Last week, Russia was supposed to shut off natural gas supply to Ukraine in a pricing dispute that is a repeat of what happened three years ago. But why is it that gas was also turned off in Bulgaria, Romania, Turkey, Austria, the Czech Republic and Greece?
It does not really matter that gas will start flowing again soon. Europe’s dependence on a country that is willing and, especially, able to push it into freezing cold and darkness is the crux of the issue. Russia relishes that role. And the ongoing gas dispute with Ukraine and last summer’s invasion of Georgia is the modern-day manifestation of Russian hegemony in what can be called energy imperialism.
Ukraine, as a transit country for Russian natural gas pipelines transporting gas to Europe, has been getting gas at a discount price — about $180 per 1,000 cubic meters ($4.90 per million Btu). But Russia wants to increase the price to $250 per 1,000 cubic meters. Ukraine rejected that price and Russia threatened to charge the full rate it charges Europe — $418 per 1,000 cubic meters ($13.08 per million Btu). By comparison, U.S. prices are less than $6 per million Btu.
A giant looms to the east of Europe — occasionally in the shape of a country, other times in the shape of a company, the two often indistinguishable. Russia and its state-controlled gas monopoly, Gazprom, are poised to dominate the whole of Europe and its Asian neighbors.
Gazprom’s influence has been underestimated and astonishingly not discussed enough. Gazprom has been the flagship of former president Vladimir Putin’s strategy and the battering ram to break down foreign defenses. The Russian state owns 50.01 percent of the company, and almost all top company executives are Kremlin loyalists. President Dmitri Medvedev was Gazprom’s chairman. He replaced Putin, who became prime minister, thereby replacing Victor Zubkov, who became Gazprom’s chairman. You get the story.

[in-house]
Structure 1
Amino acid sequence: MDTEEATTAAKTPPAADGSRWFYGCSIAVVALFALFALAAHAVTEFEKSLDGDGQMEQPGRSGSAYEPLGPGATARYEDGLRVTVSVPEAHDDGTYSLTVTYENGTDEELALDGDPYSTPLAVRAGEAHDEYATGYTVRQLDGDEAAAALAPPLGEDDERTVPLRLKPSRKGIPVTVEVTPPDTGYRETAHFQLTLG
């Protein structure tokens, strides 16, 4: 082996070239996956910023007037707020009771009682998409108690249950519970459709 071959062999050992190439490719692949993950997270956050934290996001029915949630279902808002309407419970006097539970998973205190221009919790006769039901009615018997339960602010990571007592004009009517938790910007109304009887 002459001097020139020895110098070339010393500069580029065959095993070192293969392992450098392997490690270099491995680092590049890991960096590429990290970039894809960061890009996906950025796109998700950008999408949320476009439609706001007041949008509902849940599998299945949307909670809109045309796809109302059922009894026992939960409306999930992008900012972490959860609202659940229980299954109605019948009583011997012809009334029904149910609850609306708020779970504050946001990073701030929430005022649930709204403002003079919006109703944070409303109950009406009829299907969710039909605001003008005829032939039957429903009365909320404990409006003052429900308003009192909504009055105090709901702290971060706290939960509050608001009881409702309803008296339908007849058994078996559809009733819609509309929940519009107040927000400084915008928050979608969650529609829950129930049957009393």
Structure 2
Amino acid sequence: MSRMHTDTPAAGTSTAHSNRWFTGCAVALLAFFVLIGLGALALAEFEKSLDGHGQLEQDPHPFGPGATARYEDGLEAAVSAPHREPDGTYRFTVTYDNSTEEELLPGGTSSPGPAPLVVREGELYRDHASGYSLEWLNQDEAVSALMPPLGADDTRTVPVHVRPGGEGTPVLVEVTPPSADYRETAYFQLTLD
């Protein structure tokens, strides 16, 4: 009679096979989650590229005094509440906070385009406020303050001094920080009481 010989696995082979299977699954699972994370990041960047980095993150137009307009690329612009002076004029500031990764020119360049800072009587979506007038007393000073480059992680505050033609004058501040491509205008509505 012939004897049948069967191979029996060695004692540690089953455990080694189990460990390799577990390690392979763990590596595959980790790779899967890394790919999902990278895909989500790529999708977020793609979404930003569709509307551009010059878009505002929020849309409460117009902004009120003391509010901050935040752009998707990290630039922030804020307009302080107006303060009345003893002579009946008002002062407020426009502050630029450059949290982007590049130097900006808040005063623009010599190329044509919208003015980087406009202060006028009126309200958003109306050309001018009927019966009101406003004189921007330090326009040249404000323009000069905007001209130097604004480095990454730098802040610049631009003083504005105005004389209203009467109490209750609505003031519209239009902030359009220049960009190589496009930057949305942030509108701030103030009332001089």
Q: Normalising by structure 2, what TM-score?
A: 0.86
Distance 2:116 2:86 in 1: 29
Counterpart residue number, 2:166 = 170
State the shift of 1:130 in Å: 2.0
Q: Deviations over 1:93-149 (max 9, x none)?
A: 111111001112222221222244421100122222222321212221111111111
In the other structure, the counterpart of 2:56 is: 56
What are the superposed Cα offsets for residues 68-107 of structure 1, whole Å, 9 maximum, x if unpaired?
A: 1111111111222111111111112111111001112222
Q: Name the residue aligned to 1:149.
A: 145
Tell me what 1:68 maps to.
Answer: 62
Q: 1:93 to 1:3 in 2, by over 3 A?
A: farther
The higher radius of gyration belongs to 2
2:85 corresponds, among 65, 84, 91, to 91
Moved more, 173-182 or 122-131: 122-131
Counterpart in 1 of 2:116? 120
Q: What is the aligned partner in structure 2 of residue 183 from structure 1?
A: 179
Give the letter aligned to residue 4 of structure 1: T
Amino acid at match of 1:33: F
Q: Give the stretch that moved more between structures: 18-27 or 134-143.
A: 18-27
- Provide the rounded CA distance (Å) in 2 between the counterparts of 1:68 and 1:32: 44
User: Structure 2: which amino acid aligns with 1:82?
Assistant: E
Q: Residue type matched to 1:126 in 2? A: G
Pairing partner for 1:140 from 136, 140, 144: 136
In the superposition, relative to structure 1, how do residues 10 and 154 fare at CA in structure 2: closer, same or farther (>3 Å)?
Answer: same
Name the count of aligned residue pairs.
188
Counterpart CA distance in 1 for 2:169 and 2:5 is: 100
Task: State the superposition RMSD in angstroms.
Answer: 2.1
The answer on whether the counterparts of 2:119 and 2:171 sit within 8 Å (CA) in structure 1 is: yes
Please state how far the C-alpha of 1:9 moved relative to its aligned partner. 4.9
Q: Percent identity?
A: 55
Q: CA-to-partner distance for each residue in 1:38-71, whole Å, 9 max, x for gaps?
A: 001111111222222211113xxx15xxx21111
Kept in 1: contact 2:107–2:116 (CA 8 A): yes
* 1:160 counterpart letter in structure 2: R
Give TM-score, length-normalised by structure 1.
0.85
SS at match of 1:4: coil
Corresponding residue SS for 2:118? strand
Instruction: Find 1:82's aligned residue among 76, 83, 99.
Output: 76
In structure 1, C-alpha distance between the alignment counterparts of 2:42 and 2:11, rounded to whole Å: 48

In early 2006, Gazprom cut off gas supplies to Ukraine after it balked at seeing its gas prices rise by a factor of four. Of course, then and today, the issue is not what is happening to Ukraine, which draws a tiny portion of the flowing gas. Cutting Ukraine’s gas flow means massive gas deficits in a freezing Europe.
The Ukrainian affair three years ago was the trumpet heralding the sovereign — hints of a new Russian empire, this time riding on oil and gas, projecting dominance over its neighbors, from East Asia to Europe. Putin was the new tsar, and most Russians, starved for power after the Soviet collapse, loved him.
Gazprom clearly has a strategy, and it’s to lock up as much gas as possible. In July 2008, Gazprom offered to buy all of Libya’s exportable gas supplies. Russia’s brash move to further control the European energy markets is hard to disguise. Libya is its only credible and neighboring competitor.
Furthermore, Russia has been leading the pack to create a new gas cartel, mirroring OPEC for oil. This group includes gas giant Qatar, a western ally, but also Iran, perhaps the most energy militant nation, other than Russia.
The situation is now transparent and reminiscent of the Khrushchev era: world beware — the energy-invigorated Russian bear is at bay. After the Soviet Union’s collapse and its resulting economic calamity, it was up to Putin, through Gazprom, to redefine Russia’s position in the world. Its abundant oil and gas resources are now being put to work to accomplish what nuclear weapons and 50 years of the Cold War were unable to.
Europeans act like helpless sitting ducks. With no energy alternatives to speak of, an assertive Russia breathing on them and flaccid domestic policies influenced greatly by Green parties, European countries may become the victims of the old dictum: be careful what you wish for you might just get it. And this is the lessening of a muscular America leading an assertive western alliance.